Although Madison Bumgarner and Tim Alderson (two players I profiled last week) get all the attention among starting pitching prospects in the Giants system, the team's third-best starting prospect is their teammate at high Class A San Jose.
Scott Barnes, SP, Giants: Drafted in the eighth round last year out of St. John's University, Barnes dazzled in his first 11 games as a pro last year, striking out 63 in 43 2/3 innings in the low minors while allowing just 24 hits, four walks and no home runs. He impressed enough and showed enough of an advanced feel for pitching that the organization decided to let the 21-year-old skip low Class A this season.
A tall, lanky, 6-foot-3, 190-pound lefty, Barnes has a quick arm that can get his fastball up to the 92-93 mph range with tail, and he can add and subtract velocity as needed. Like Bumgarner, he shows the ball a bit on the backside of his delivery, but then it disappears as his arm starts to come forward, and he throws it with a whippy, slingerlike arm action that makes it tough to pick up as he releases the ball. However, he can control and repeat his delivery, and there really isn't anything that would raise a big red flag. The Giants did a good job cleaning up the delivery, and he doesn't jerk his head at the end as much as he did in college.
His circle changeup has gone through marked development since he became a pro, as it's now a low-80s pitch with excellent arm speed and a consistent slot. His third pitch is a mid-70s curve that still needs work. When I talked with him recently, he mentioned the usual things a pitcher at this level is focused on -- locating, being consistent and refining the breaking ball.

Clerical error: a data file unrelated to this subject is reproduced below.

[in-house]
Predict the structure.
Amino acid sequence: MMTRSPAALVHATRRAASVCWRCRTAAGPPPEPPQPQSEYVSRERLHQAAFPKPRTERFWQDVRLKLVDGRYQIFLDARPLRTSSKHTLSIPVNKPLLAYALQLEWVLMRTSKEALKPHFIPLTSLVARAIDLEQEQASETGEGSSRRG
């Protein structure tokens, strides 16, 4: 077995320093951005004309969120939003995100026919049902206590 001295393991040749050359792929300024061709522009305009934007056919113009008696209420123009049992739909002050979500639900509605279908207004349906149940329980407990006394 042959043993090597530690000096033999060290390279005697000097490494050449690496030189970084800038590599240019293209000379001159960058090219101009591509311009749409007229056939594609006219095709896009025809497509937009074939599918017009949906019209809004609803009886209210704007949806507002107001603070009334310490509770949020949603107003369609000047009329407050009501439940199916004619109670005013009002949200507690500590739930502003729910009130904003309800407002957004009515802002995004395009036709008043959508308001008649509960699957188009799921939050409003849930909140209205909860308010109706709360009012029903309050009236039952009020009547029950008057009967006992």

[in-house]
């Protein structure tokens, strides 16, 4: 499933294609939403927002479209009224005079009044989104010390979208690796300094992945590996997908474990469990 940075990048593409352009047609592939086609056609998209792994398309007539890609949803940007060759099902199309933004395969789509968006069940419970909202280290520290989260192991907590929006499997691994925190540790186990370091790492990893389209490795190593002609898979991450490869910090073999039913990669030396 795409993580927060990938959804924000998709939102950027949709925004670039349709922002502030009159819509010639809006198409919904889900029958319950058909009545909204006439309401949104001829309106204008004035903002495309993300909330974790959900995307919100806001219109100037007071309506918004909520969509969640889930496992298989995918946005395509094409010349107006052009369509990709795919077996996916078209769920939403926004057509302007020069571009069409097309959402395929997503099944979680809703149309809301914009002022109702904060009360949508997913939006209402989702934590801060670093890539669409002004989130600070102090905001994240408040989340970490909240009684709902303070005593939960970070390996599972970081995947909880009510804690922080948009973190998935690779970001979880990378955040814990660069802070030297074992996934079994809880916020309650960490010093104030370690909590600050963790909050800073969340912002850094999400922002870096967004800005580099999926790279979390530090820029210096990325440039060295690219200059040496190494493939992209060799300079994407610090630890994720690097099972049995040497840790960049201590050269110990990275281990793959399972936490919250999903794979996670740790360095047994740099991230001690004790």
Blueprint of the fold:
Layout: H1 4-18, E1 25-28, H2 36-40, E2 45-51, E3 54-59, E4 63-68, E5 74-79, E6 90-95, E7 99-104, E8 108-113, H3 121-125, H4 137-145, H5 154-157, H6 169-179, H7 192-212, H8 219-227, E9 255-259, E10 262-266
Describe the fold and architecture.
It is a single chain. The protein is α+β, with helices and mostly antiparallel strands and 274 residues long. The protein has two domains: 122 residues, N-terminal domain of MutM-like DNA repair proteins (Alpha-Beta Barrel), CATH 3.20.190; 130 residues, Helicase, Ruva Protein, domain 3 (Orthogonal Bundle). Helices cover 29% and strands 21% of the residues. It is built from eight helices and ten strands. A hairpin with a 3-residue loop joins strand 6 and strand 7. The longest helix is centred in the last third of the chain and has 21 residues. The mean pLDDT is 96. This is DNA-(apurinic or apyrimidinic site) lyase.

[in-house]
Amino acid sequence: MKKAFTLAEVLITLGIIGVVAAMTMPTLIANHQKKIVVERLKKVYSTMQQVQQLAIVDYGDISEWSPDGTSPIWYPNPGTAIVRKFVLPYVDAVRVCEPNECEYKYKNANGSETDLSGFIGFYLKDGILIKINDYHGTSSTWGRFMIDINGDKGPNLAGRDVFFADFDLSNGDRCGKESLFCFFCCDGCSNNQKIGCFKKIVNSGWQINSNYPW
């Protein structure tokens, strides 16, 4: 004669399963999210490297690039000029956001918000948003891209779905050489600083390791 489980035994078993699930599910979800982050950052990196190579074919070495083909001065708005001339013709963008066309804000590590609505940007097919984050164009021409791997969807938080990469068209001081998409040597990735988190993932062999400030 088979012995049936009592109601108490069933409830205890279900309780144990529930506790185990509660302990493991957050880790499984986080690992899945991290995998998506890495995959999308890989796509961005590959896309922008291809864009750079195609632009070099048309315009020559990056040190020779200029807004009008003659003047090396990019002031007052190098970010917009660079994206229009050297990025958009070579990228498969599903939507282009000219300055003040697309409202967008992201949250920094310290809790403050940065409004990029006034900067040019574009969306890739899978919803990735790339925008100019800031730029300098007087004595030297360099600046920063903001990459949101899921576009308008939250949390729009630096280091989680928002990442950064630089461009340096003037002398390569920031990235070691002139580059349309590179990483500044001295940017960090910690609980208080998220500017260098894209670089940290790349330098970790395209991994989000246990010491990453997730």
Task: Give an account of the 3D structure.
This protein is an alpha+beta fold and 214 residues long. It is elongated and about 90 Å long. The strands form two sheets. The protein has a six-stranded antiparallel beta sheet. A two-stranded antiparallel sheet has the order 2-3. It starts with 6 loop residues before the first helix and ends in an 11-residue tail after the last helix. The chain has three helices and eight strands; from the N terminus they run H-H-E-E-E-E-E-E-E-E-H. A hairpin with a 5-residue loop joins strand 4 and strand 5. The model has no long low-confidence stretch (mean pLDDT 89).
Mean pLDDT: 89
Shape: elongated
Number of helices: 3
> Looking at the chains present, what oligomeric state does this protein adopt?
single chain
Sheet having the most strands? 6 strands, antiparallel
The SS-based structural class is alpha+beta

Barnes had his toughest outing as a pro Tuesday, as he failed to get out of the fourth inning. So far this season, however, he still has fanned 19 in 22 1/3 innings while giving up just one homer in a tough league for pitchers, making four of his five starts on the road in some launching pads. As a fly-ball pitcher, the California League will be a good test for Barnes. He's a little ways off from reaching the big leagues but projects as a solid starter down the road.
Phillippe Aumont, RP, Mariners: One thing you notice when watching Cal League games is that no matter how far behind a team is, it is never out of the race. I had resigned myself to not seeing Aumont on a recent trip until a furious High Desert Mavericks comeback in one game put a save situation on the table, so I saw him for one inning.